I draw a custom chart that shows session of all web application.
In the legends down there, I see almost half are 'unbilled' and other half 'billed'. Despite all application have their RUM turned-on and are set to capture 100% of the user sessions.
What exactly is the difference between 'Billed' vs 'Unbilled'?
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User Sessions that are considred as bounced (only one user action for the entire session) are not billed.
Thus you might have a lot of unbilled user session even if Real User Monitoring is turned to 100%.
The unbilled User Sessions are still captured but not counted against your DEM unit consumption.
Also note that the 'Billed' amount does not take into account how the session was consumed. For RUM, it would be .25, for example. In your chart the 1.43k Billed would actually consume 357.5 DEM licenses. The same applies if you use the API to query the Billing metrics, you have to do the math to figure out how many actual licenses you are consuming. For me, the current state of Billing metrics, while better than nothing, leaves a lot to be desired, especially if you are trying to forecast how long your license pool will last.
Agreed! This has been a hot topic for me.
Actually I don't think DEM units are so difficult to report on usage. But they are difficult to predict for budgeting reasons. Before those billing metrics were introduced it was really difficult.
Also with DEM you may have sessions that continue in another session (after 200 actions) that are not counted towards DEM.
I also find the DEM Units pretty straight forward.
A better estimated overview in the UI on how long they last with the current consumption would be appreciated though.
Well if you operate Dynatrace as a service provider within your organization and you share tenants between teams, then I really understand your concerns :-(.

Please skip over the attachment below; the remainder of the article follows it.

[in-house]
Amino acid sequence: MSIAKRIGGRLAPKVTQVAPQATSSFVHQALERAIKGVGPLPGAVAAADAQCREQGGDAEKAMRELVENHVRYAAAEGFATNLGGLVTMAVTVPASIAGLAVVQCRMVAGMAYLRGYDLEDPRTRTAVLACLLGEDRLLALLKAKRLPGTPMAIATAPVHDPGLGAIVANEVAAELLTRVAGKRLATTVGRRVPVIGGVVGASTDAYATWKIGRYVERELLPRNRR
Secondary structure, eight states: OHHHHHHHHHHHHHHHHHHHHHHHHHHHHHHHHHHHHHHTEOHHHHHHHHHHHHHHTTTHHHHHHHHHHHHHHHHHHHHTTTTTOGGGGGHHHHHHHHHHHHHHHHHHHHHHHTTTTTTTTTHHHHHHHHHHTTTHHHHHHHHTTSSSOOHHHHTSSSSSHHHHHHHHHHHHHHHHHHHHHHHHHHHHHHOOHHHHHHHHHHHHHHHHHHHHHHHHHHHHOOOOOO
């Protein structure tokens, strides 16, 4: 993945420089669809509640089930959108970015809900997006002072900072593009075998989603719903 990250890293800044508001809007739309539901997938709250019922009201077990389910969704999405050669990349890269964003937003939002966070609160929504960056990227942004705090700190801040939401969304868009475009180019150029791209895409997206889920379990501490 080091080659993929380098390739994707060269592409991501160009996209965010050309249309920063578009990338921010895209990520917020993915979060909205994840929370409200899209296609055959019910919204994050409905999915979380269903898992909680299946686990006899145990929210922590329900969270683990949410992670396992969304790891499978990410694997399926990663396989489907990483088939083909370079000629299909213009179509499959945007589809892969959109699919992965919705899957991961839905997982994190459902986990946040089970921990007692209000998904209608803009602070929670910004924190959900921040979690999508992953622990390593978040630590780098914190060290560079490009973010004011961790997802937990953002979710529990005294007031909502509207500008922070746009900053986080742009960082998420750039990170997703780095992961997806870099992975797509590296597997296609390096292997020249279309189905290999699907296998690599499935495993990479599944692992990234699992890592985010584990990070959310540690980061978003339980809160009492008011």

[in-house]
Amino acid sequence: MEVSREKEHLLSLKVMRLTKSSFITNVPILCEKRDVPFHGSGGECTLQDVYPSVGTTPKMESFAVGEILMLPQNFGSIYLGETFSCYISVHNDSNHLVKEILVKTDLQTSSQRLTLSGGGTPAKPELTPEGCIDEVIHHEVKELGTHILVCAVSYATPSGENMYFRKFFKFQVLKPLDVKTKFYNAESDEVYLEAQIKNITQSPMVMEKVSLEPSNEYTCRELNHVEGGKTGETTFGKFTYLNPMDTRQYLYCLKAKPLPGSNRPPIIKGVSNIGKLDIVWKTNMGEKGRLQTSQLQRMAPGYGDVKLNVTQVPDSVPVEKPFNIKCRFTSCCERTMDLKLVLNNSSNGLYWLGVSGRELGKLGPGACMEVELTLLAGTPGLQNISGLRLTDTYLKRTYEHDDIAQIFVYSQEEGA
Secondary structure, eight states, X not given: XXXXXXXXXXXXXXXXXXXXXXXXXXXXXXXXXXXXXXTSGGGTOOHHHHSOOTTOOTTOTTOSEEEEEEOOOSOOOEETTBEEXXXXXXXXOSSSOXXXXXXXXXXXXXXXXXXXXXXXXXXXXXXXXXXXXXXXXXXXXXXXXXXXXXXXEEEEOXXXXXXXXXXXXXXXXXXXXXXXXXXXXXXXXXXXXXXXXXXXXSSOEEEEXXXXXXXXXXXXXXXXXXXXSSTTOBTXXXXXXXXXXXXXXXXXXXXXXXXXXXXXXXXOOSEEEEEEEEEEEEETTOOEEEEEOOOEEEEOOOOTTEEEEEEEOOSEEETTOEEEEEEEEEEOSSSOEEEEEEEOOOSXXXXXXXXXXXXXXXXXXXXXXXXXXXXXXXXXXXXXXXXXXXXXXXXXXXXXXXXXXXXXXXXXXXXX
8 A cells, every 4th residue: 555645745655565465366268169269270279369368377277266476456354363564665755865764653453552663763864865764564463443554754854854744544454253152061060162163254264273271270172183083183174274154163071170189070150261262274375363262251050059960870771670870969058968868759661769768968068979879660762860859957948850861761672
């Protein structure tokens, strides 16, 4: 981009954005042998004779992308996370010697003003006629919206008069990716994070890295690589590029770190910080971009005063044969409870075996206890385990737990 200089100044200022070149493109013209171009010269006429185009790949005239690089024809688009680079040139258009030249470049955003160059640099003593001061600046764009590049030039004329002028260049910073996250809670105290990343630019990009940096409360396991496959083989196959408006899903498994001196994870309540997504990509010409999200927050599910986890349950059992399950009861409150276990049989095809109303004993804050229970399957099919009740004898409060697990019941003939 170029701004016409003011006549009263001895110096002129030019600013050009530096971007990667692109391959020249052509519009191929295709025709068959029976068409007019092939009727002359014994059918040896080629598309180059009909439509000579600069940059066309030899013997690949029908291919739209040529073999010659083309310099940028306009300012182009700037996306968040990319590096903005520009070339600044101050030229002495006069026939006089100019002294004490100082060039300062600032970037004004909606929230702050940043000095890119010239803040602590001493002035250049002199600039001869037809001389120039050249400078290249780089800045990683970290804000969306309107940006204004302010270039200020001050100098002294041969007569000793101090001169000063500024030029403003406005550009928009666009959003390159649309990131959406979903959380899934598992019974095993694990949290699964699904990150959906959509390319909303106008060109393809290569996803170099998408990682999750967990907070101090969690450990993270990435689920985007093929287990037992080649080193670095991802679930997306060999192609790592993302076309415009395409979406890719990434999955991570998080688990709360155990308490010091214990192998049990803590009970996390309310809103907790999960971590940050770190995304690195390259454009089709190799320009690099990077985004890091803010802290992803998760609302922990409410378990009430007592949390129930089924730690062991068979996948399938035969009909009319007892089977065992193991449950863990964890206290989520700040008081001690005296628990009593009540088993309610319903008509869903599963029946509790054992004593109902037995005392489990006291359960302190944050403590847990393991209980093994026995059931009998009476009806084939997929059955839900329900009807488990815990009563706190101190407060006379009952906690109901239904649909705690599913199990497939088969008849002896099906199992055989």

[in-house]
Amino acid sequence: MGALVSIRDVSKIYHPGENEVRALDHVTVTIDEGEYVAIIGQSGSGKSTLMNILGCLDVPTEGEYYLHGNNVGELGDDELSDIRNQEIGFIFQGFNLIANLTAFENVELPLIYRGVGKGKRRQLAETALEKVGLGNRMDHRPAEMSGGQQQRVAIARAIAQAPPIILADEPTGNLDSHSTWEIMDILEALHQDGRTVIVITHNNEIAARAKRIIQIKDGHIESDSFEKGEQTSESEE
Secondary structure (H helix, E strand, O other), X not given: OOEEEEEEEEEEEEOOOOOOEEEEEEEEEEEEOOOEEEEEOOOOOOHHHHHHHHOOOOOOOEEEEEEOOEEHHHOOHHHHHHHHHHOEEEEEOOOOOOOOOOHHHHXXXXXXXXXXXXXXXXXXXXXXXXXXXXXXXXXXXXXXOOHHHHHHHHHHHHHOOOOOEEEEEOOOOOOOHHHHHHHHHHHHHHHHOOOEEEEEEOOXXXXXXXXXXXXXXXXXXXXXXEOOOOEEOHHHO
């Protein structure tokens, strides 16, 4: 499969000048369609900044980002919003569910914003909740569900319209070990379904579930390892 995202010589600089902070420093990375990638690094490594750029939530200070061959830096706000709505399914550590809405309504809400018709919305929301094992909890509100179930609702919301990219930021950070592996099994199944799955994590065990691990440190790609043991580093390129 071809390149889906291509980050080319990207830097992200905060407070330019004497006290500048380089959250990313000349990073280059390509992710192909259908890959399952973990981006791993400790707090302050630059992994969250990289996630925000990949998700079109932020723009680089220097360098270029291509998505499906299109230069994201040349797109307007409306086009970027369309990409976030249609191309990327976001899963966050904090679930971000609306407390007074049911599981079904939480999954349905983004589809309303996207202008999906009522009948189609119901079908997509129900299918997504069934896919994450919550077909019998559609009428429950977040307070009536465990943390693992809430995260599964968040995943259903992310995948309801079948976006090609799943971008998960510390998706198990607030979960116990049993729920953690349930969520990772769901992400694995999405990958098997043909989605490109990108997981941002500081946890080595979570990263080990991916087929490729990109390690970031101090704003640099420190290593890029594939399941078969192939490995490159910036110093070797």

BIG TIME AGREE! 🙂
In fact, that was one of the things I really expected to see when they came out with Management Zones. I am not sure Management Zones have been used or even enhanced in the way first thought. It seems like these have become used more as filters than what I would consider a "Management Zone". I get really stuck on terminology 🙂
When I hear "Management Zone", that is one of the first things I think of is the ability to do just that... Manage that zone in terms of granular permissions and licensing consumption.
DEM units arnt too bad. The biggest thing is to review your contract and get a clear understanding of the consumption and overages. Session replay uses 1 DEM where Non Replay uses 1/4.... so put that into dollars. ! dollar for session replay per session, No session replay is 25 cents, and 1 DEM per 4 sessions. Use excel to keep track of this all. We run a monthly report where we capture all the data.
Application User sessions per month:
Also forecasts the increased cost if we had Session Replay turned on.
Adding Synthetics and User Sessions to the overall usage of DEM :
Quick Overview of the usage as a whole:
The beauty of DEMS is that if we end up decommissioning an application that has synthetic monitors, then we regain those DEM units to use towards User Sessions that might be over thus reducing our end of the year costs.
Why not? You can pull all the necessary information via the metrics API, you just have to do the calculation for DEM or Host Units yourself, but that can be done with a simple script.
Good stuff @Chad T. That is exactly what I have been doing with Google Sheets since we are a Google shop. In fact, I have build what we call the "Dynatrace Licensing Projection Report" to aid teams in figuring out exactly what they need and an estimate on annual cost. When something new needs to go into Dynatrace, this is the first step teams do is click a link within our internal documentation on Confluence when then makes a copy of this for them to fill out. This is based off a configuration screen with numbers taken from our contract. Everything is setup to auto-calculate for them based on the information provided via a final report. They just go tab to tab to tab until they reach the last tab which is the final report.
This does not include a forecast which is something I am working on now to try and better project for our environment. Also, this is my second version of this so there is some tweaking I am currently doing to it, but it gives the basic idea.
Again however... Most of my frustration comes from the lack of controls of who, when, what, can consume any parts of the licensing pool.